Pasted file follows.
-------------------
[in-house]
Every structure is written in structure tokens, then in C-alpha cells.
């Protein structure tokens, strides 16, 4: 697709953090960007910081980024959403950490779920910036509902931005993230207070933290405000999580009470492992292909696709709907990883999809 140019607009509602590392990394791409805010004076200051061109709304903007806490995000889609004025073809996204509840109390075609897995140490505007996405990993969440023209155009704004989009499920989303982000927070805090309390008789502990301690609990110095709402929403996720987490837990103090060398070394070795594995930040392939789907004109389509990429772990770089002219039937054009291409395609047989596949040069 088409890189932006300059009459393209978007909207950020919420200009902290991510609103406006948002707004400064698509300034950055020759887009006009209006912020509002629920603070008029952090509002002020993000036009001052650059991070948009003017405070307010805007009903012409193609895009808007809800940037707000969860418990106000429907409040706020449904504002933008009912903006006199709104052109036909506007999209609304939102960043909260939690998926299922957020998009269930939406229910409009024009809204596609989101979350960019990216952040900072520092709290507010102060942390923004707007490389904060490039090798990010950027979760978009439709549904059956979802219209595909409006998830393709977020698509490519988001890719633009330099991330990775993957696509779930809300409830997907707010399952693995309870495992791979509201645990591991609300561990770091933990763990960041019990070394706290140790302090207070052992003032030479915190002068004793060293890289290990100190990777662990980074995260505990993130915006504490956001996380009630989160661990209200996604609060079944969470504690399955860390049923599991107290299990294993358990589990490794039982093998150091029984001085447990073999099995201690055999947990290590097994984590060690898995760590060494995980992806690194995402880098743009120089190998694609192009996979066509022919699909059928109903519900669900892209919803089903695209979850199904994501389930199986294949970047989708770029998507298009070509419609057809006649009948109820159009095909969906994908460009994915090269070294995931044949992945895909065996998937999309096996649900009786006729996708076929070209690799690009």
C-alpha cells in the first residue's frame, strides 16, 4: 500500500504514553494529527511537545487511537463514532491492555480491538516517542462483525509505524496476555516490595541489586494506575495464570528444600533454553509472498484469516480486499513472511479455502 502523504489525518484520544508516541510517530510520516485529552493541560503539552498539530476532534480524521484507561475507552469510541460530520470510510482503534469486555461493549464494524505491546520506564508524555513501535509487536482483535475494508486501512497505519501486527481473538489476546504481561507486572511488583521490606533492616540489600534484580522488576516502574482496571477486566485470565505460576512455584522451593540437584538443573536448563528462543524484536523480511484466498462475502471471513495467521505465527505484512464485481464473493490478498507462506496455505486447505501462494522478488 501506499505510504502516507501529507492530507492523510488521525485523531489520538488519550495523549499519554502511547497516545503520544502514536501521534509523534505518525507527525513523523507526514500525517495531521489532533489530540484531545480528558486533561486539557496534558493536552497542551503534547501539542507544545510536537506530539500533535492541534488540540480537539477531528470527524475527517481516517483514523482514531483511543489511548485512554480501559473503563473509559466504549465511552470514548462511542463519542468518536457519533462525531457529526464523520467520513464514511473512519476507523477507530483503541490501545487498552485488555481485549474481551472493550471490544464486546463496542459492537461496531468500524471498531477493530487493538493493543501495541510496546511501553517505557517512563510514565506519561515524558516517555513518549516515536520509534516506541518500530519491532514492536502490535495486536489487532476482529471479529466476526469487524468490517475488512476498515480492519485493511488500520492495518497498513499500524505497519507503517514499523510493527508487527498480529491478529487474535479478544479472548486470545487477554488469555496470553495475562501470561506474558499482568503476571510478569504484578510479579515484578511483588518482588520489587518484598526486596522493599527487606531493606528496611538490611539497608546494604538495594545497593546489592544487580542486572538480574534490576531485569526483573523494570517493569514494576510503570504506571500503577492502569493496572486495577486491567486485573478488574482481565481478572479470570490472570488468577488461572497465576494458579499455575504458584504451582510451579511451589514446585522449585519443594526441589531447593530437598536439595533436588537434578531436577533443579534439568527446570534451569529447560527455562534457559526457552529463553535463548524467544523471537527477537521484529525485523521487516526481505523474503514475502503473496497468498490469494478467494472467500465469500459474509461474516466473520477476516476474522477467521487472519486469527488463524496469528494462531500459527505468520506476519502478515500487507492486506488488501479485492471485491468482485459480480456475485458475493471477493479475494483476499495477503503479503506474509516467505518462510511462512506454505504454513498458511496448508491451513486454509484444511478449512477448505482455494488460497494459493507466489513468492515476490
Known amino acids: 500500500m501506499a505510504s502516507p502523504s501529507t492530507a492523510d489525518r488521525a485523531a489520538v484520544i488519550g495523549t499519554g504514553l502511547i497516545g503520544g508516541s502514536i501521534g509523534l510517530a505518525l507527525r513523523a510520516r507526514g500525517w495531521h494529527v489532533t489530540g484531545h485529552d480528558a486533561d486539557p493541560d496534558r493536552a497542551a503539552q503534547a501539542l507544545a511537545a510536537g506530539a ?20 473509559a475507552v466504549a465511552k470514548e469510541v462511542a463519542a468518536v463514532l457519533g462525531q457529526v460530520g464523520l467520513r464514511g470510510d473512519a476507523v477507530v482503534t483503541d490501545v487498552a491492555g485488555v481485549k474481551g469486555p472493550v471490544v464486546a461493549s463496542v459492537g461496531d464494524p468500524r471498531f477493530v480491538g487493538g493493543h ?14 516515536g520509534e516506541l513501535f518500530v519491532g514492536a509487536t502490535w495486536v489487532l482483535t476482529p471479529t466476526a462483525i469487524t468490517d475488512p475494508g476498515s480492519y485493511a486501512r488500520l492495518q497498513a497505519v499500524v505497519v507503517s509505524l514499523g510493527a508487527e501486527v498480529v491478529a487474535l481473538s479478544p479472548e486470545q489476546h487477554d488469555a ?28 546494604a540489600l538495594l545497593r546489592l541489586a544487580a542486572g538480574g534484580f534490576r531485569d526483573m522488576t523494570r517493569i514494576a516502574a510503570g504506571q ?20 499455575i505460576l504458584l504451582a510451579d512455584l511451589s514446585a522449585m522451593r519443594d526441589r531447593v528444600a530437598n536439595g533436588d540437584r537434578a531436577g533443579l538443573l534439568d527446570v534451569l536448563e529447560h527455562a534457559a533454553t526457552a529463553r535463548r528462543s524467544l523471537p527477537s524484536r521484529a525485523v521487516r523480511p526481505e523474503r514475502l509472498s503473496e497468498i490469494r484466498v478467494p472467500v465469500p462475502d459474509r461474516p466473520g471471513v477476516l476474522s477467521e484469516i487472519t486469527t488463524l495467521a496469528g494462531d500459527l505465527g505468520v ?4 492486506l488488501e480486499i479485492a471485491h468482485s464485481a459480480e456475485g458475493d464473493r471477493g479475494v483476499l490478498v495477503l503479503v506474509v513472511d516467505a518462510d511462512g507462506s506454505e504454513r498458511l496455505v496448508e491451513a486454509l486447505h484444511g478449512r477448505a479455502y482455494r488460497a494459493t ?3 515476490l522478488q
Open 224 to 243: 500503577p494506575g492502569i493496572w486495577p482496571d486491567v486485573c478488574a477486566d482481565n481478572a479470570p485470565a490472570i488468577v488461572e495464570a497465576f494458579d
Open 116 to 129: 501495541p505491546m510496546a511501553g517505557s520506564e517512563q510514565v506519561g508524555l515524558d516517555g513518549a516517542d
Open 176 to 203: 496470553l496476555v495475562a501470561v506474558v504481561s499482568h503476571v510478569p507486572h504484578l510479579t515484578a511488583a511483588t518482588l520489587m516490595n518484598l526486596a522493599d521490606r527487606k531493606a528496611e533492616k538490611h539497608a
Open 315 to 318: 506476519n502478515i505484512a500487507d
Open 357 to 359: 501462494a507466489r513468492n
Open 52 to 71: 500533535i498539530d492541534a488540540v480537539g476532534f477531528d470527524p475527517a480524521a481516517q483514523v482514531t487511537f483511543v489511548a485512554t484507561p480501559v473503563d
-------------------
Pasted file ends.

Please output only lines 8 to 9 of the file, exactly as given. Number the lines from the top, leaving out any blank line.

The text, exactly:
Open 176 to 203: 496470553l496476555v495475562a501470561v506474558v504481561s499482568h503476571v510478569p507486572h504484578l510479579t515484578a511488583a511483588t518482588l520489587m516490595n518484598l526486596a522493599d521490606r527487606k531493606a528496611e533492616k538490611h539497608a
Open 315 to 318: 506476519n502478515i505484512a500487507d